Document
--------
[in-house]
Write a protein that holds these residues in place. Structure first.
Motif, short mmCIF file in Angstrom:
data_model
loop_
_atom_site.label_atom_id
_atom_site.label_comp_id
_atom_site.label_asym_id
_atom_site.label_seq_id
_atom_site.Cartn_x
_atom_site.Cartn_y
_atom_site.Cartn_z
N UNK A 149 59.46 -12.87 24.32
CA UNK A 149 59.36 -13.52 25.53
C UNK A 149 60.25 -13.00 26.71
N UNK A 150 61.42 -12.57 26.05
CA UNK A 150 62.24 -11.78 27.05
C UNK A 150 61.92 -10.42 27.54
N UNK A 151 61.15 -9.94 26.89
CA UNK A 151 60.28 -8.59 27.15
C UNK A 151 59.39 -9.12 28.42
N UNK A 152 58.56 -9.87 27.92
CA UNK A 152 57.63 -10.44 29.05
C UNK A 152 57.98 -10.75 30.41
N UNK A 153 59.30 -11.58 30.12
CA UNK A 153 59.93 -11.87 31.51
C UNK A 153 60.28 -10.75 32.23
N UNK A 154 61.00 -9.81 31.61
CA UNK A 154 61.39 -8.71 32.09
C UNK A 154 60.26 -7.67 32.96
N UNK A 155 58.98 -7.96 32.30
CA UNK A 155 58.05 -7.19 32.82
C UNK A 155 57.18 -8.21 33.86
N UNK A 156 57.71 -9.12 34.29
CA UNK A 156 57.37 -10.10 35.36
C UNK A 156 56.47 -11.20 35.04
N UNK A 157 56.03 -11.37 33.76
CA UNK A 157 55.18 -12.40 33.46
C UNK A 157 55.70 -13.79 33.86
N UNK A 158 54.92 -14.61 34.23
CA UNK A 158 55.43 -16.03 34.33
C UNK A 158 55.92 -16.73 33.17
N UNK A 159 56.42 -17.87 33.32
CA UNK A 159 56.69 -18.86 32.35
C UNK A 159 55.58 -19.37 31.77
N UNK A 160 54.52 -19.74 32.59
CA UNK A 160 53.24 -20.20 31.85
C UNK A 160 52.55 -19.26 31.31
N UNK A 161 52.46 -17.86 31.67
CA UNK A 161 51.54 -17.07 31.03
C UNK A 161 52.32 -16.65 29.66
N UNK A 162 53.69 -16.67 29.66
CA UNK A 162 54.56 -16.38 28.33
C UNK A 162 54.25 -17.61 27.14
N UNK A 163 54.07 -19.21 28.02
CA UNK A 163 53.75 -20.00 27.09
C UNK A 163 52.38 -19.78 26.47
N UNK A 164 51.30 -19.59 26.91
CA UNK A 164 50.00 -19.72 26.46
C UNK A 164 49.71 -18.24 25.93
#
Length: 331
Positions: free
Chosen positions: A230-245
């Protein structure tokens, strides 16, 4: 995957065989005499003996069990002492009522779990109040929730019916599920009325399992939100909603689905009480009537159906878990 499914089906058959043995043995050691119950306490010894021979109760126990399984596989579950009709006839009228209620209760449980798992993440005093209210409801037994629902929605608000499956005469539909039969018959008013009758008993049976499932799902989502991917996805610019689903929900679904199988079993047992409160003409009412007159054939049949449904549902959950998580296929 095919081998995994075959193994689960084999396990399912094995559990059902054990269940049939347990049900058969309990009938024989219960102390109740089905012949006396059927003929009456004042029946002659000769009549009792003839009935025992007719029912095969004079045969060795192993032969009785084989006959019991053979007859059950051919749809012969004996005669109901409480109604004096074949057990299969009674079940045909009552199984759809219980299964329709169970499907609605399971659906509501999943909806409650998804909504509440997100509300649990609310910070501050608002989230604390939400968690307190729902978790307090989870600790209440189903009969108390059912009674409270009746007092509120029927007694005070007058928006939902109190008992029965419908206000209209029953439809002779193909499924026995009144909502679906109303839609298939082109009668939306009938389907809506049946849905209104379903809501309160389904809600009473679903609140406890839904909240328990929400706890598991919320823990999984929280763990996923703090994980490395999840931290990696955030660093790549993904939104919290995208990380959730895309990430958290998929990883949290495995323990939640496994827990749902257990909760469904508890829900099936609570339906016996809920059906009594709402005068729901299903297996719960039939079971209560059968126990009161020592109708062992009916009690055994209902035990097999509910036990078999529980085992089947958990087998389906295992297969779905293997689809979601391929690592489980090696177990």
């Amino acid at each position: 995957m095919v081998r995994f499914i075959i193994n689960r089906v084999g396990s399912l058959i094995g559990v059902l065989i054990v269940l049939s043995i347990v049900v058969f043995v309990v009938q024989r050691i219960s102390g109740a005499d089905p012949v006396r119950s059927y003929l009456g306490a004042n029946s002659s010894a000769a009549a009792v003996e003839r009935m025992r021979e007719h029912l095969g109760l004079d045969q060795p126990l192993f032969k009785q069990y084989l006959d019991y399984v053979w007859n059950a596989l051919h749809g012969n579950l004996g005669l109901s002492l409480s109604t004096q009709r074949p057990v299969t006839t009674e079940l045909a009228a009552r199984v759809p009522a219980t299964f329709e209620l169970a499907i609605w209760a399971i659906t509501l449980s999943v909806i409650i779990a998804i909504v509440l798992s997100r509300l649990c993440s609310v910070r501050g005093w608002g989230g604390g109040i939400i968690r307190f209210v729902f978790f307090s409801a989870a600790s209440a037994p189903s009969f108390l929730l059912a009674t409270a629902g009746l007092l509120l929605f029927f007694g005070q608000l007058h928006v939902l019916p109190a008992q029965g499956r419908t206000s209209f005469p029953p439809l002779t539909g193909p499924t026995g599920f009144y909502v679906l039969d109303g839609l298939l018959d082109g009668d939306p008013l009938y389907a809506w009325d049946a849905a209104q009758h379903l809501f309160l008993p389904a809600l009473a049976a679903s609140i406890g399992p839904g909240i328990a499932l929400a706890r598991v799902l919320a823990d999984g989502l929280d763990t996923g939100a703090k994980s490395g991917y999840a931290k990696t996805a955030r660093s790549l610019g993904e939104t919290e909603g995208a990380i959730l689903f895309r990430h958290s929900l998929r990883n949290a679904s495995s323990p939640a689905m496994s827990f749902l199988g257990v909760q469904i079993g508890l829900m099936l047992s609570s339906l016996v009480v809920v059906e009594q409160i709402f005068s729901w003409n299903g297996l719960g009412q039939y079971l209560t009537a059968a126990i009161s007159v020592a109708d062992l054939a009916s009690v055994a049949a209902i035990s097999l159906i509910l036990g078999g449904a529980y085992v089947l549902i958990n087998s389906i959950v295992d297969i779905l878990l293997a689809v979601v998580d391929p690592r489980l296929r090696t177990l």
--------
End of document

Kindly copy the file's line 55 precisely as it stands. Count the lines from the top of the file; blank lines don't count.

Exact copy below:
N UNK A 163 54.07 -19.21 28.02